‘Help, not hate’ – How Franklin Graham’s field hospital exposes anti-Christian intolerance

You would have thought that a field hospital set up by a charity and staffed largely by volunteers to help sick individuals in the middle of the COVID-19 crisis would have been universally welcomed, applauded, even celebrated.

Not so, when those running the hospital and treating infected patients are evangelical Christians, it seems.

New York City has been particularly badly affected by the coronavirus, and in March, Governor Cuomo was pleading for people to offer their help.

Samaritan’s Purse, a disaster relief organisation which has helped millions of people over the past 50 years, sprang into action, and partnered with a hospital network to provide extra care for coronavirus patients.

It set up 14 tents in Central Park, a makeshift facility which could accommodate 68 patients at a time. Modest enough, for a city now reporting more than 160,000 confirmed cases. But for the few people it can treat who might not otherwise find a hospital bed, it will make a world of difference. In its first three weeks it treated more than 150 patients.

‘Homophobic and transphobic’

But this isn’t good enough for some.

A group known as Reclaim Pride Coalition has taken offence because Samaritan’s Purse is an evangelical organisation. This means those who choose to volunteer in helping COVID-19 patients believe that marriage is the union of one man and one woman.

The fact that the CEO of the organisation is evangelist and outspoken marriage advocate Franklin Graham has further incensed these activists and their allies.

Samaritan's Purse field hospital in New York

The group marched down to Central Park to wave ‘Help not hate’ placards just yards from the tents of the relief workers.

One asked: “How was this group ever considered to bring their hatred and their vitriol into our city at a time of crisis when our people are fighting a pandemic?”.

Another slandered Graham while cynically dismissing his preaching as “fundraising”: “Franklin Graham, their notoriously transphobic and homophobic leader of their organisation, had an Easter sermon right there in Central Park next to those tents, which I can only imagine was furthering their fundraising.”

“Can you imagine hating religious people so much that you would rather see people suffer and possibly even die rather than allow religious doctors to treat them?”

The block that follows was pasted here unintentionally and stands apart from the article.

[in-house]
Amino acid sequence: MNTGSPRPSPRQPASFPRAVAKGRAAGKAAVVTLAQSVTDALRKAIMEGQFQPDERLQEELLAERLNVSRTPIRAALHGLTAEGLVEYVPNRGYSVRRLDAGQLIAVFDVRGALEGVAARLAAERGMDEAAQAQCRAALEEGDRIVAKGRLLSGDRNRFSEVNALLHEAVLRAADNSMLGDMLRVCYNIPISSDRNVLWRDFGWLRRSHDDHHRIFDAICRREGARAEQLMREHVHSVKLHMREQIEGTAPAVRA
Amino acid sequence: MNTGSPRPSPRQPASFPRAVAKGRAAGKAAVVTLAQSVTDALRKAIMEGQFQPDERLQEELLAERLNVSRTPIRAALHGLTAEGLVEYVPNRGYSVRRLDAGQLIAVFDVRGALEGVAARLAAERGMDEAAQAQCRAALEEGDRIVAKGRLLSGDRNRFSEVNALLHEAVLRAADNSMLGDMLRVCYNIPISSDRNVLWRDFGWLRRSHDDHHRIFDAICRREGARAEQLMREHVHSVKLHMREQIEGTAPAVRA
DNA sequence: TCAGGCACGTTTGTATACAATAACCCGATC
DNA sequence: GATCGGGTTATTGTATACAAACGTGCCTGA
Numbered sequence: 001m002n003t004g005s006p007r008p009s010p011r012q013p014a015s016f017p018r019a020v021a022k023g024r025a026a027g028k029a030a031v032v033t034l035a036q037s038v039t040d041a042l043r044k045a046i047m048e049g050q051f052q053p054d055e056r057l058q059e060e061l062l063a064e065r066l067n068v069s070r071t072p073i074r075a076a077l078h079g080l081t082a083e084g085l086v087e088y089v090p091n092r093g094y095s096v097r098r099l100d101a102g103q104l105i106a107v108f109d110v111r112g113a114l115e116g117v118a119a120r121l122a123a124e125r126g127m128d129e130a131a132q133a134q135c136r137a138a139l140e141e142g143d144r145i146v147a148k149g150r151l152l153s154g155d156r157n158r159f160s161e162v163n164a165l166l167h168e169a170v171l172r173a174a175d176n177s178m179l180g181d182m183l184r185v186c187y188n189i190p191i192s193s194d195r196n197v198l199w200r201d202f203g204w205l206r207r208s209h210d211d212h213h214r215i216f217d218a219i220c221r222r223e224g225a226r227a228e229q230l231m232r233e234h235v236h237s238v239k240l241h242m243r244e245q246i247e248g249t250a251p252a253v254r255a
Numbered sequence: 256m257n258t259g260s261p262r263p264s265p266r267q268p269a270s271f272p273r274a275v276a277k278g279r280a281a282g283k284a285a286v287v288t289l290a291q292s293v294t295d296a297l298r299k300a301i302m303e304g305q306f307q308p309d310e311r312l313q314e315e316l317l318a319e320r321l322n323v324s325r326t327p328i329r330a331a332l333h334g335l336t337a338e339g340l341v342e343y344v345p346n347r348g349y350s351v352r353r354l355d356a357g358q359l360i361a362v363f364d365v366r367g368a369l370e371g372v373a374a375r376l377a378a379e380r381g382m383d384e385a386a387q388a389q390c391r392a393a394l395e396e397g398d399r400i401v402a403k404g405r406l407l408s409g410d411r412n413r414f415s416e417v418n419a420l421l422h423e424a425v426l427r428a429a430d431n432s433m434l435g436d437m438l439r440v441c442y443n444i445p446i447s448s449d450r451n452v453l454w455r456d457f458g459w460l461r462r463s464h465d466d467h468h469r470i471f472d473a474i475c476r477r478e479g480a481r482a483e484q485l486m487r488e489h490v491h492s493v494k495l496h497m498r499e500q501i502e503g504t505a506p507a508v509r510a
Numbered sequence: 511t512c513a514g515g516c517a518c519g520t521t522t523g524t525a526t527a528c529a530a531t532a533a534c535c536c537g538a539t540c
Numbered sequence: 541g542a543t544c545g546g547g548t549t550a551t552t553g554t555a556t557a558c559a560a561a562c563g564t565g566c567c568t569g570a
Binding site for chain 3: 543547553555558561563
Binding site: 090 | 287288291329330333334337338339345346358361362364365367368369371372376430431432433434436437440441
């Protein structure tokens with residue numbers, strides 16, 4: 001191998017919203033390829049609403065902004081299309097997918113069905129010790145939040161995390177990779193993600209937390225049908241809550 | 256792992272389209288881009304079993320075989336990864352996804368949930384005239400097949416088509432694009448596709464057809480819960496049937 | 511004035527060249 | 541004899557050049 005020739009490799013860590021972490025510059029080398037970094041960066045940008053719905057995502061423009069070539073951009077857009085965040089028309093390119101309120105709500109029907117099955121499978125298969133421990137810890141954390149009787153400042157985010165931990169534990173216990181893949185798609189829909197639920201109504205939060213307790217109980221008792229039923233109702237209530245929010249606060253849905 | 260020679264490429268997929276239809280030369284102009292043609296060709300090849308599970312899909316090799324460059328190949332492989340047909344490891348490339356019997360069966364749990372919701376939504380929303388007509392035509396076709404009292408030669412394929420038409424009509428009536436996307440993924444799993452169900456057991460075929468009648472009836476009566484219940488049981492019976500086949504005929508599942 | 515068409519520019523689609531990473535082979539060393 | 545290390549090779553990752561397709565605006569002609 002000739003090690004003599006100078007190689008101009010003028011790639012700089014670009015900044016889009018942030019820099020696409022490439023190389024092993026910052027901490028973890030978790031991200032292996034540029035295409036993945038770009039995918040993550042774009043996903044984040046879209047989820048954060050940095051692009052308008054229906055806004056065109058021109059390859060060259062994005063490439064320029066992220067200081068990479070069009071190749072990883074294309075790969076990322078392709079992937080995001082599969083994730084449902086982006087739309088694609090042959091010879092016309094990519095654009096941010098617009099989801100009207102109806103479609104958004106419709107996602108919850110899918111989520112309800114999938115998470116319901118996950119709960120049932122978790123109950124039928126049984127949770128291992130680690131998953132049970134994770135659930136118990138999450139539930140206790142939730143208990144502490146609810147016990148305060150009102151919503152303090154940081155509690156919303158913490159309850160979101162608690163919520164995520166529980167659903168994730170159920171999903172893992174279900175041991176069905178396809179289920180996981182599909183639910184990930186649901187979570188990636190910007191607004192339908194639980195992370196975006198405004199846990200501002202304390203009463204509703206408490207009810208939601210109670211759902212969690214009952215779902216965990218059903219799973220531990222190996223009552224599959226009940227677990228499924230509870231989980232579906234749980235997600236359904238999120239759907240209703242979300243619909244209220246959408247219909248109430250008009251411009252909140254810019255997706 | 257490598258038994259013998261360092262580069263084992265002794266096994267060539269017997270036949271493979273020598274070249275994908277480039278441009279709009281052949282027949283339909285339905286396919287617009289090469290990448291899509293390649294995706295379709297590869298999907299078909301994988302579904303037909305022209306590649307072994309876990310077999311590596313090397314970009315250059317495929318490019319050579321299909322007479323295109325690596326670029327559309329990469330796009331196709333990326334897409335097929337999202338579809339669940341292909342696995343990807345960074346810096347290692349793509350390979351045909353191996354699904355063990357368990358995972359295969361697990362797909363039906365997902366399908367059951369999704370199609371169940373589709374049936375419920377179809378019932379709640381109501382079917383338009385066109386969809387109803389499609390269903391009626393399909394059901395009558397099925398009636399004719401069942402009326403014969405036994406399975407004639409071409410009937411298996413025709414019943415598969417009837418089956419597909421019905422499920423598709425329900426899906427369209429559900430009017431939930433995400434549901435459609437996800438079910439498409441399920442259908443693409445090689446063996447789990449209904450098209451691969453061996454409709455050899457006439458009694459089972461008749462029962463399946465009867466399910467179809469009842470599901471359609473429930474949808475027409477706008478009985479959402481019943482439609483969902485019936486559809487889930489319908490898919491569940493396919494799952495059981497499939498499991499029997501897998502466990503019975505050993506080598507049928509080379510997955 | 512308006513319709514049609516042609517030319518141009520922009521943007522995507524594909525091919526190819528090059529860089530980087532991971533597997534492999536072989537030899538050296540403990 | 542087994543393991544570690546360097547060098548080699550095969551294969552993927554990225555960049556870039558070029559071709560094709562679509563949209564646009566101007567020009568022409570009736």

The outcry from a handful of angry activists prompted politicians to join the fray. Brad Hoylman, a New York State Senator, said the presence of Graham’s field hospital would cause “incalculable” damage to the city.

“I do fear that we’ve given Franklin Graham a platform in one of the most famous pieces of public land in the country to spew his hatred of LGBTQ people, and unfortunately at the same time legitimise his homophobia”, he added.

A number of other US lawmakers wrote a public letter sharing their “concern” about the implications the existence of the emergency hospital may have “for LGBTQIA+ New Yorkers with Covid-19”.

They demanded to know how the charity could have been granted use of public land.

By demanding to see non-discrimination agreements, they even went as far as to suggest that the hospital might turn away patients if they were LGBT, as well as expressing concern that “LGBTQIA+ individuals” might choose not to seek medical attention for fear of “potentially facing discrimination”.

Graham has since made a statement confirming the organisation does not discriminate against anyone, and that the protests and the demands for paperwork are actually hindering its ability to care.

Nevertheless, the leader of the New York City Council has now ordered the field hospital to pack up and leave.

Religious illiteracy

This kind of secularist, anti-religious thinking demonstrates the profound lack of understanding some have about evangelical Christian beliefs.

They cannot understand that it is possible to believe that homosexual conduct is wrong (along with sexual intimacy in other extra-marital contexts), while simultaneously believing that every person is made in the image of God and should be treated with dignity, respect and love.

They also seem unable to grasp that Christians believe that calling people to repent is an act of love. To affirm and celebrate sin is not loving, because it is not God’s good design for his creation.

But this kind of love is deemed unacceptable. ‘Love is love’, goes the activist slogan, but apparently not when it involves tough love – that’s hate.

We’re entitled to wonder whether those who falsely accuse others of hate may be manifesting that very thing themselves.

Help, not hate

It seems incredible that holding a view that has nothing to do with your work is enough for people to deem you unfit to hold that position.

There have been countless cases of this kind of thinking over the past few years. A family bakery. A registrar. A PE teacher. An airline stewardess. A US Air Force officer. But holding Christian views does not impact your ability to do a job well.

Indeed, Christians in all walks of life would say that their beliefs make them better at their job, not worse. This is as true for those in the medical profession as anyone else.

An American author commented recently: “Can you imagine hating religious people so much that you would rather see people suffer and possibly even die rather than allow religious doctors to treat them?”

It is sad that there appear to be people who feel that way. We should pray that they will begin to understand that Christians always have – and always will – offer help, not hate.